A final honor

Volunteers determined to give every Baldwin County veteran a hero’s farewell

By Allison Marlow
Posted 1/12/18

Thirteen folds of a flag, three volleys of gunfire, 24 notes on the bugle - three simple ceremonies that take just minutes to deliver.

The men and women who earn them sacrificed for their nation. …

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A final honor

Volunteers determined to give every Baldwin County veteran a hero’s farewell

Posted

Thirteen folds of a flag, three volleys of gunfire, 24 notes on the bugle - three simple ceremonies that take just minutes to deliver.

The men and women who earn them sacrificed for their nation. Some gave their lives.

In Baldwin County, a group of former service members are working to make sure that everyone who wore the uniform is honored properly at their burial.

“Personally this is an honor for me to do honors for them,” said retired Army Brig. Gen. Phillip Tipp. “For their dependents and for the soldier or sailor they are getting the respect they need to receive during a burial.”

The handful of military retirees has poured hundreds of dollars from their own pockets into uniforms, rifles, ammunition and supplies to create the Central Baldwin County Armed Forces Honor Guard.

Their days are dictated by the needs of the fallen.

Some weeks there is just one funeral. Others, there are funerals every day, sometimes more than one in an afternoon.

The grieving families they serve, cemetery officials say, are grateful.

“To me it’s one of the more important parts of the honor that is given,” said Tony Ross, director of the Alabama State Veterans Memorial Cemetery in Spanish Fort.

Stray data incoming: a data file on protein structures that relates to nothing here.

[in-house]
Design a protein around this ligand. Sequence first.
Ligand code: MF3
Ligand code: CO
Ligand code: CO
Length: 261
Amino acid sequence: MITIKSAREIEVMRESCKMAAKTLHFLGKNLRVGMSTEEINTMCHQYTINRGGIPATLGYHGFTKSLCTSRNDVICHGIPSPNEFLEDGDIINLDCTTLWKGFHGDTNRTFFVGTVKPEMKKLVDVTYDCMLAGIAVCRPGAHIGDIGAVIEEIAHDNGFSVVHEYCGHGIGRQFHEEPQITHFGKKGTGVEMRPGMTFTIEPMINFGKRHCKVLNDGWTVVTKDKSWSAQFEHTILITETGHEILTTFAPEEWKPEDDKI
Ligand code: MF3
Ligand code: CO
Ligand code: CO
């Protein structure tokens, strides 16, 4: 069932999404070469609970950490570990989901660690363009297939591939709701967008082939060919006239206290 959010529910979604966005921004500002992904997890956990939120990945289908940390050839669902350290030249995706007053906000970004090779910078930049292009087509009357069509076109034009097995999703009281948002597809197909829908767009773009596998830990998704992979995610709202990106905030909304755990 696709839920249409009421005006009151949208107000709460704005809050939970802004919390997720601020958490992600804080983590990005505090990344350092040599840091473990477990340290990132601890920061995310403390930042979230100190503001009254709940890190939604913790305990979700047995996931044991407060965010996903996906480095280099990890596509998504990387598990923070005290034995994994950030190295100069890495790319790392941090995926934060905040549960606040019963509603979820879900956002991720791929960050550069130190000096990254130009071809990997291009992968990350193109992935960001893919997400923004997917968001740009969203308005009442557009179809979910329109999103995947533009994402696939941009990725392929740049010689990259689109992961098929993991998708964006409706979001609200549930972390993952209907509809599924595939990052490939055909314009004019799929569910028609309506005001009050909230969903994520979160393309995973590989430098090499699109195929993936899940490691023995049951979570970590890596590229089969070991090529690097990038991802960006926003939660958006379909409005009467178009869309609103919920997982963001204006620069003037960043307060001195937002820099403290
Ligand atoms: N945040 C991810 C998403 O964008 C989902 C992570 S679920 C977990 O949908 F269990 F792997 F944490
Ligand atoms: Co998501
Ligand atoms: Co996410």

“It seems to be even more important to the family that there is actually rifle fire instead of just the playing of taps and presenting of the flag,” he said. “I’m just glad we have people out there willing to sacrifice their time and out of pocket expense to do this.”

Members of the honor guard, just 13 in all, have stood silent and stoic in driving rain. They have stood in the freezing cold until their knees began to shake. They have stood under the sweltering summer sun, silently fighting the urge to melt into the nearby shade.

They have already buried one of their own.

The group’s average age is 77. The men stress that they need more volunteers, younger men and women to come forward and help carry on the sacred duty.

“We know young people have to work and most of the funerals are during the day and people can’t get off to do that,” Tipp said. “But if it is on a Saturday I think most of them would jump to it.”

The group, which was created eight months ago, has applied for non-profit status so they can begin applying for grants to help with costs. They are also in the process of putting together a storage area for the equipment to make it easier for members to come and go after funerals.

To serve on the honor guard, military members do not have to be retired military, but they must have been honorably discharged. Members who were honorably discharged for medical reasons may join as well. Potential members will need to submit a copy of their DD form 214.

Larry DiAmco, honor guard commander, said he worries that the small group will shrink in size sooner than later and eventually, without new volunteers, the group will disappear.

“We’re looking for people to continue the tradition of rendering honors,” he said. “It’s the highest honor one soldier can pay to another.”